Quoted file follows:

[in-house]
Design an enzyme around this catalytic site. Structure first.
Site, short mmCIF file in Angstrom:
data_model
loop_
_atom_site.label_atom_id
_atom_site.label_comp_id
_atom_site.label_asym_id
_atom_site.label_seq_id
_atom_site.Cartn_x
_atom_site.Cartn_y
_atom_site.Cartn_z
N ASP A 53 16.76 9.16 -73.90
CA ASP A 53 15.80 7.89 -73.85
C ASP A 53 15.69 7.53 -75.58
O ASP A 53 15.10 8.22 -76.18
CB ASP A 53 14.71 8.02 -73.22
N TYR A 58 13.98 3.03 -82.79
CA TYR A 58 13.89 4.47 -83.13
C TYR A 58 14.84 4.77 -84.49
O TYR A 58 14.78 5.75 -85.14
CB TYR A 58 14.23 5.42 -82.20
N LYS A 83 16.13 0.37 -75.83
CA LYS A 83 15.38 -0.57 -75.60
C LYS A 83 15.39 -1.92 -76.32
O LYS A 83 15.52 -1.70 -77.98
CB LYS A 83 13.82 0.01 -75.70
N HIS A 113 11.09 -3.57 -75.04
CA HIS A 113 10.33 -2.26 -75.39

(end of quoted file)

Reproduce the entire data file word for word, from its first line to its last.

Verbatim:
[in-house]
Design an enzyme around this catalytic site. Structure first.
Site, short mmCIF file in Angstrom:
data_model
loop_
_atom_site.label_atom_id
_atom_site.label_comp_id
_atom_site.label_asym_id
_atom_site.label_seq_id
_atom_site.Cartn_x
_atom_site.Cartn_y
_atom_site.Cartn_z
N ASP A 53 16.76 9.16 -73.90
CA ASP A 53 15.80 7.89 -73.85
C ASP A 53 15.69 7.53 -75.58
O ASP A 53 15.10 8.22 -76.18
CB ASP A 53 14.71 8.02 -73.22
N TYR A 58 13.98 3.03 -82.79
CA TYR A 58 13.89 4.47 -83.13
C TYR A 58 14.84 4.77 -84.49
O TYR A 58 14.78 5.75 -85.14
CB TYR A 58 14.23 5.42 -82.20
N LYS A 83 16.13 0.37 -75.83
CA LYS A 83 15.38 -0.57 -75.60
C LYS A 83 15.39 -1.92 -76.32
O LYS A 83 15.52 -1.70 -77.98
CB LYS A 83 13.82 0.01 -75.70
N HIS A 113 11.09 -3.57 -75.04
CA HIS A 113 10.33 -2.26 -75.39